Despite having gone down in history as a mere Peter Gabriel era Genesis clone performing symphonic prog with a more caffeinated upbeat quirkiness, AIRLORD did have somewhat of a unique sound even if some of the tracks like "Pictures In A Puddle" are right out of the "Foxtrot" or "Nursery Cryme" playbook. The band released their one and only album CLOCKWORK REVENGE in 1977 and had a short life on the Australian mainland but unfortunately garnered little interest in the eclipsed years of prog when bands like AC/DC were becoming all the rage Down Under. However, despite the clone tag, this album is quite the pleasant little listen and although Genesis is the most blatant influence, AIRLORD sounds more like a less progified and more pop oriented version of classic Genesis with more emphasis on melody, steady rhythms and feel good upbeat passages with some track having a more energized hard rock guitar driven groove complete with soloing. It's actually quite diverse.

The title track opens up, and i kid you not, sounds somewhat like what Genesis would sound like if they happened to have a couple members of Devo or Split Enz in the band with a quirky zolo art pop sort of spin with the vocals of Steve MacKenzie sounding as if he'd joined Alvin and the Chipmunks. The track is also strange in that it's about an army of wind-up toys attacking an old woman. But after the opening track however, the rest of the album alternates between highly derivative mopey Genesis inspired tracks with more serious lyrics that displays MacKenzie doing his best Gabriel to a more rocking mix of hard rock and symphonic prog touches with the occasional soaring synthesizers and a few scant hints of the mellotron. Besides Genesis there are folky Jefferson Airplane types of interactions as well as spaciness that is more akin to German bands such as Novalis and the occasional space rock of Pink Floyd.

The first thing that pops into my mind when i listen to AIRLORD's one and only album CLOCKWORK REVENGE is that it could possibly qualify as one of the first neo-prog albums as it has all the characteristics of the 70s Genesis style symphonic prog but smoothed out into more pop friendly and less proggy compositions with some like some tracks like "Lady Of The Night" being downright catchy enough to hit the pop charts ( just listen to that guitar lick that reminds me of The SImpsons theme! ) I'm one of the rare individuals who doesn't really like the "Foxtrot" and "Nursery Cryme" era of Genesis and personally find these sorts of derivative bands more palatable for whatever reason and while there is no denying the wellspring from which AIRLORD tapped into, these guys definitely deliver a more upbeat and catchy rock performance than Genesis ever did in the early Hackett and Collins years. Call me sacrilegious but i actually like this one quite a bit more. Although it will never convince Genesis fans to desert their idols, this one still deserves a little more recognition than being a mere footnote in the vaults.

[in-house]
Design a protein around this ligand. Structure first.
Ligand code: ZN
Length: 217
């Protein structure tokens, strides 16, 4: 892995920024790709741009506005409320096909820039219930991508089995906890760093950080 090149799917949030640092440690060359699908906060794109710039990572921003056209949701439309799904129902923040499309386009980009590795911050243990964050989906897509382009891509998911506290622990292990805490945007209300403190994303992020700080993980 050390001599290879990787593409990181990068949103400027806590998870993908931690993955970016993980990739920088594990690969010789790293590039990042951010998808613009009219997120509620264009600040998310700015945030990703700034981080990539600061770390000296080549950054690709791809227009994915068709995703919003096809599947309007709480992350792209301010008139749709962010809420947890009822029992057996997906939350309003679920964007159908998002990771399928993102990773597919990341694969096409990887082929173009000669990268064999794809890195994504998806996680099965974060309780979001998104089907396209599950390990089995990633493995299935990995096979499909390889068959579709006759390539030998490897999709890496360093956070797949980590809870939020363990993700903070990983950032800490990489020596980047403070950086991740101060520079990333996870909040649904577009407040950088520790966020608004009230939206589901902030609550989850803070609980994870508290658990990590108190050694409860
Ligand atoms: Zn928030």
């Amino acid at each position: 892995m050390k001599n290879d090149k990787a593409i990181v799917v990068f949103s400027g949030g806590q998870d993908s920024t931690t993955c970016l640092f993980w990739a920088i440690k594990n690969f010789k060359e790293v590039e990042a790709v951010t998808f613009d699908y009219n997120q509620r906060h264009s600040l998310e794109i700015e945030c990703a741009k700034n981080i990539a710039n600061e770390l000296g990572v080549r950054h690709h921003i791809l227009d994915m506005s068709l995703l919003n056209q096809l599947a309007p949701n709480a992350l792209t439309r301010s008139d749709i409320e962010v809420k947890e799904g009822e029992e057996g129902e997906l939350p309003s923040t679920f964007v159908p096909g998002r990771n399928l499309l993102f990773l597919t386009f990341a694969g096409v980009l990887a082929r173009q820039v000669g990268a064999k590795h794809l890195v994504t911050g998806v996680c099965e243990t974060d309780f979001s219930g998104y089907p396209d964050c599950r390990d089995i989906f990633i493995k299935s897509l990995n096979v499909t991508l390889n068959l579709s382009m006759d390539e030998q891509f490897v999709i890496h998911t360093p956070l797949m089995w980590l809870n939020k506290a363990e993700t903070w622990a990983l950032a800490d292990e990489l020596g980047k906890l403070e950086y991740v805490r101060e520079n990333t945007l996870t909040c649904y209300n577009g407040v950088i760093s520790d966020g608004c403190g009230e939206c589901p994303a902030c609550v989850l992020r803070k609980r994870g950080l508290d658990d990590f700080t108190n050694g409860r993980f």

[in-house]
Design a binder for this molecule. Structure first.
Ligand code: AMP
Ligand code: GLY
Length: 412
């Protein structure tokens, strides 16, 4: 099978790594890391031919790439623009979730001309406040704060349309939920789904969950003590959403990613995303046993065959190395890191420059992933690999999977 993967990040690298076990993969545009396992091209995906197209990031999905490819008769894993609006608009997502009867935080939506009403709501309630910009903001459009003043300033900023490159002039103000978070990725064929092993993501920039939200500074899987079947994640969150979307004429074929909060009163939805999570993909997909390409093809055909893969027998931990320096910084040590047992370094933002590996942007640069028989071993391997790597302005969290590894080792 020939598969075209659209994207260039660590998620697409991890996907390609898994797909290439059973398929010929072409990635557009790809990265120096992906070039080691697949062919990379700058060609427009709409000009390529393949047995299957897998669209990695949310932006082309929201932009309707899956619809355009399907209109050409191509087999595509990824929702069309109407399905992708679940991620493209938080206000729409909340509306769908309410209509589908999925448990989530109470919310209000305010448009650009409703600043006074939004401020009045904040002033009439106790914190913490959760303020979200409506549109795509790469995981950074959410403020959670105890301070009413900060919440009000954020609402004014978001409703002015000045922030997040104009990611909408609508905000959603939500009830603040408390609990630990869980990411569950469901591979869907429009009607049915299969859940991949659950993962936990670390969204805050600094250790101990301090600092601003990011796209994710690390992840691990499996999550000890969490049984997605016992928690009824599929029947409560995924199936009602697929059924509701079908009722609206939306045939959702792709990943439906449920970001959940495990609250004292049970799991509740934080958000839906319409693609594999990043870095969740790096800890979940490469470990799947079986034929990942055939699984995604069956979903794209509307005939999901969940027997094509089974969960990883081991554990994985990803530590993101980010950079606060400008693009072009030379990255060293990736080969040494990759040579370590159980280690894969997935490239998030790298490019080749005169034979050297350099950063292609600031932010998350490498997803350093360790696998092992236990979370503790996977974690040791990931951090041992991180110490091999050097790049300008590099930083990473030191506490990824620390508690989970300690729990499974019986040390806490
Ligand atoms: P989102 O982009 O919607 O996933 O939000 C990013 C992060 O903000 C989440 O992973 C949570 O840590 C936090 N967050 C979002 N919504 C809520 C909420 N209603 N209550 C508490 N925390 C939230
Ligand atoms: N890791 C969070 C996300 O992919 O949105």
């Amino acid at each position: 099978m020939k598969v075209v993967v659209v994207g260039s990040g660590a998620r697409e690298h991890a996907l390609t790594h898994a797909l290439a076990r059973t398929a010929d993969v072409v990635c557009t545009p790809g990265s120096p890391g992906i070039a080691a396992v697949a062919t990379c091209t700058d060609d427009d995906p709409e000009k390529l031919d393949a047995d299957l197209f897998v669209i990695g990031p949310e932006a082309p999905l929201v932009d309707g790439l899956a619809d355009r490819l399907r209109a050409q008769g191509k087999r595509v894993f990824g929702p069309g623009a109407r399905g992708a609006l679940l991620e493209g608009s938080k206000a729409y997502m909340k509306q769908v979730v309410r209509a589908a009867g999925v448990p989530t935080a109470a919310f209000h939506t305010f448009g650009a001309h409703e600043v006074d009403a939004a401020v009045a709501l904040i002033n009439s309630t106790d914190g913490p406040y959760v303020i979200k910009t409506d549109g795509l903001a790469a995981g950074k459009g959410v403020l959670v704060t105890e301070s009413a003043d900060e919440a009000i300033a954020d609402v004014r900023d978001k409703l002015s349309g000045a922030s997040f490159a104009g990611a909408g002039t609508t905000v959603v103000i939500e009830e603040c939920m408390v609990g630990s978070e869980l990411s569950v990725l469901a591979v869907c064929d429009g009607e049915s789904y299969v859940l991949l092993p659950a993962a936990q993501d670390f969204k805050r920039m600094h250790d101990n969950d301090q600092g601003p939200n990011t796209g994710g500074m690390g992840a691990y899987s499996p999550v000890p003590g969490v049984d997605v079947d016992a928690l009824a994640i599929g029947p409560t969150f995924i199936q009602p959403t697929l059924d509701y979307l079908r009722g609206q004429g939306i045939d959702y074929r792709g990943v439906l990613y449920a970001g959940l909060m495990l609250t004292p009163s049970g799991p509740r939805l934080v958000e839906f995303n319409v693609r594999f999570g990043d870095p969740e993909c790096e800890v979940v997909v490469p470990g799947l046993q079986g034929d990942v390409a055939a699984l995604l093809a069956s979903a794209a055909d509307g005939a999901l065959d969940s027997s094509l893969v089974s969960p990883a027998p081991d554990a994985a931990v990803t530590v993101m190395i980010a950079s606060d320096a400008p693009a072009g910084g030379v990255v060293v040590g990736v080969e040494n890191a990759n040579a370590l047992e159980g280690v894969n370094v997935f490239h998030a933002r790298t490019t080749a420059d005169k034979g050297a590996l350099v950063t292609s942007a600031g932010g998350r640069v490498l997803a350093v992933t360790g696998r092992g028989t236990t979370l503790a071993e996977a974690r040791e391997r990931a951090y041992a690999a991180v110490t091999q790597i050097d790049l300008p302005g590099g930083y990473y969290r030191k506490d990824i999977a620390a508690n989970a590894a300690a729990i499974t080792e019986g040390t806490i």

3.5 but rounding up because it's not getting enough love 'round here.

Report this review (#1937545)
Posted Wednesday, June 6, 2018 | Review Permalink
4 stars I just checked on Wikipedia in the category Prog from New Zealand: 6 bands are mentioned, of course Split Enz, but not Ragnarok and Airlord. I don't know Ragnarok but in the mid-Nineties I bought the vinyl version of Clockwork Revenge by Airlord from the known Spanish proghead Angel Romero. He had started to suffer from severe dust allergy while having a huge prog vinyl collection (including lots of rare Italian prog, like Zarathustra by Museo Rosenbach). So he had to get rid of his many thousands of prog LP's, what a sad story!

Airlord was a 5-piece band, hailing from Wilmington in New Zealand, rooted in 1976 and disbanded in '1978. Let's have a look on the 7 tracks of their only effort entitled Clockwork Revenge, from 1977.

Clockwork Revenge : This is an impressive opener that has a fluent rhythm, sensational synthesizer flights, great duo- guitarwork (both guitarplayers have their own sound) and very distinctive duo- vocals (one sound as 'the Very Down Under nephew of Peter Gabriel). The final part includes a powerful, biting guitar solo.

Pictures In A Puddle : The first part is very mellow with emotional vocals, soaring keyboards and acoustic rhythm- guitar, then a mid-tempo featuring fiery electric guitar and beautiful Mellotron choir drops.

Ladies Of The Night : It opens with a slow rhythm and a folky climate, then lots of shifting moods including majestic Mellotron choir waves and fiery and biting, wah-wah drenched guitar soli. The excellent duo vocals give an extra dimension to the music, very disctinctive!

Earthborn Pilgrim : This is a mellow song with twanging guitars, good vocals and in the end a bluesrock inspired guitar solo.

Out Of The Woods : A very alternating track that ranges from bluesy to mid-tempo delivering a splendid build- up guitar solo, from sensitive to howling and fiery, accompanied by lush organ.

Is It Such A Dream? : Here the typical string-ensemble sound and a sensitive guitar perfectly blend, in the end a biting electric guitar solo.

You Might Even Be : Another very alternating track, the vocals reminds me of the early Peter Gabriel (Nursery Cryme- era), the duo-guitarplay is very strong, supported by a dynamic rhythm-section. The final part contains the sound of many 'laughs', this emphasizes the original approach from Airlord.

An obscure band worth to discover, especially for the 70-77 Genesis fans.

Report this review (#2993115)
Posted Wednesday, February 21, 2024 | Review Permalink